According To A 178-Year-Old Law, A Wife Is Still Husband’s ‘Private Property’ In India
When Lord Macaulay made the first draft of the Indian Penal Code (IPC) in 1837, adultery was recognised as a crime in England and France. Yet, he chose to keep adultery out of his draft because of the polygamy, then prevalent among Hindus and Muslims in India.
We still have that law!
“To make laws for punishing the inconstancy of the wife, while the law admits the privilege of the husband to fill his zenana with women, is a course which we are most reluctant to adopt,” Macaulay wrote. A decade later, those who worked further on the draft IPC did not think it advisable to exclude adultery from it, even as they relied on Macaulay’s note to exempt women from punishment for it. “In deference to it, we would render the male offender alone liable to punishment,” the colonial law commissioners recorded in 1847.
Though most liberal democracies have since decriminalized adultery, India has stuck with Section 497 IPC, exactly as it was enacted in 1860 against the backdrop of pervasive polygamy. The Victorian legacy remains, even after the constitutionality of this discriminatory provision was challenged successively before the Supreme Court by both sides of the gender divide.
The first time the Supreme Court upheld Section 497 was in 1954, a year before the abolition of polygamy for Hindus, and it happened to be on a challenge filed by a Muslim husband.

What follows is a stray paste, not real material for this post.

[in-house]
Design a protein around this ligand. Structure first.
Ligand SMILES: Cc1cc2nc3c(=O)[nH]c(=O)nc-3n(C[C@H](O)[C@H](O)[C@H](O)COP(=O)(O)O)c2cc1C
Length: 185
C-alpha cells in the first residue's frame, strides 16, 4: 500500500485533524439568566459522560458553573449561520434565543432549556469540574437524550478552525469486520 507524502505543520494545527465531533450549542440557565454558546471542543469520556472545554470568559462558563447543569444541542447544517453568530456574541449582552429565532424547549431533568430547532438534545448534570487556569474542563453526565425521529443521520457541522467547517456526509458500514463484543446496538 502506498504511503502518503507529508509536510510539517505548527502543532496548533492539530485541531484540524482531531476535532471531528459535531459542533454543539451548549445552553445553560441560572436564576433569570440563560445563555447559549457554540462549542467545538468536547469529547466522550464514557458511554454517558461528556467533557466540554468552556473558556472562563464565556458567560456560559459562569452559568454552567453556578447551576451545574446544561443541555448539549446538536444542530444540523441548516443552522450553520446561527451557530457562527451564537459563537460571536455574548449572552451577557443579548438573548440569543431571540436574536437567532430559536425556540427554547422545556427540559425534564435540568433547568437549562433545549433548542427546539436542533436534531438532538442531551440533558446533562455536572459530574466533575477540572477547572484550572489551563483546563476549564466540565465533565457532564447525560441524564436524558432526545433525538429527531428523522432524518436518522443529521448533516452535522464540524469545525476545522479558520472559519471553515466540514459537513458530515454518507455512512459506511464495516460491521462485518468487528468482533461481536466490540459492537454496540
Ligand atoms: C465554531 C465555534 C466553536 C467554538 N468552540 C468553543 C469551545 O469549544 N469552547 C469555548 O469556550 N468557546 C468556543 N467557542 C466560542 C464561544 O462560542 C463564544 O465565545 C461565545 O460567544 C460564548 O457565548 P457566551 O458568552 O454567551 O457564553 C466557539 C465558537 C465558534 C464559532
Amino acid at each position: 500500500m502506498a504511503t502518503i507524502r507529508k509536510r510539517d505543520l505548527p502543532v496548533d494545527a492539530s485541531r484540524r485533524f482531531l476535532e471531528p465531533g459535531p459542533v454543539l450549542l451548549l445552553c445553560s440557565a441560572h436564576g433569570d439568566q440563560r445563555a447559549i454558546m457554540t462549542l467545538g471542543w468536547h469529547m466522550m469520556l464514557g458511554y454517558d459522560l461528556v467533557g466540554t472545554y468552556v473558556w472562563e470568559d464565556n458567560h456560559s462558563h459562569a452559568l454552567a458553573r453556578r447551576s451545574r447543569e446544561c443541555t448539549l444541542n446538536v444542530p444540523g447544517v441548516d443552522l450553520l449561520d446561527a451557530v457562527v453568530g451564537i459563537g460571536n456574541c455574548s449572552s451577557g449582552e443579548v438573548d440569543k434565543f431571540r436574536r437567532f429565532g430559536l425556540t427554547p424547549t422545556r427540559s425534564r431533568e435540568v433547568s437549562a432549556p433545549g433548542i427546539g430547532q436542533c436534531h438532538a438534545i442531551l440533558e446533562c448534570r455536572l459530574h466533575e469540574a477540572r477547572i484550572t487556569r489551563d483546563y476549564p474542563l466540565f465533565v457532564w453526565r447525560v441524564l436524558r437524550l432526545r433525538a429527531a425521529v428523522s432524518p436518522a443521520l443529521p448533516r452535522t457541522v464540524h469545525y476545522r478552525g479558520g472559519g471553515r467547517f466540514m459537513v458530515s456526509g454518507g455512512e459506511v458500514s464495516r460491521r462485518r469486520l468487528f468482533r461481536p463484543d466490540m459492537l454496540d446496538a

No licence to cheat
Yusuf Abdul Aziz had no issue with the stipulation that only the husband could invoke the adultery law. His grievance was that the male offender alone — the wife’s lover — was liable to be punished for adultery (with imprisonment up to five years) while the wife could not be prosecuted even as an abettor. Insofar as the Constitution was concerned, the bone of contention was Article 15(3) which stated that the equality guarantee did not prevent the state from “making any special provision for women”. Aziz had argued that Article 15(3) “should be confined to provisions which are beneficial to women and cannot be used to give them a licence to commit and abet crimes”. Speaking through Justice Vivian Bose, the apex court ruled that it was “unable to read any such restriction” into Article 15(3). At the same time, it disagreed that the prohibition in Section 497 on punishment for women was “tantamount to a licence to commit the offence”.
The flaws of Section 497
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Since Aziz’s challenge was limited to the clause exempting the wife from punishment, Bose never got to examine the deeper flaws of Section 497 which, regardless of Macaulay’s pious intention, ends up reinforcing the patriarchal notion that the wife is the property of her husband and therefore has no corresponding rights. The Law Commission could well have addressed this fundamental problem with Section 497 when it reviewed the IPC in 1971. But, reflecting Aziz’s male perspective, all it did was to recommend the deletion of the clause exempting the wife from punishment for adultery. Anna Chandi, the only female member in that commission, wrote a note of dissent pointing out that the deletion of that exemption would not cause any damage to the basic idea of the wife being the property of the husband.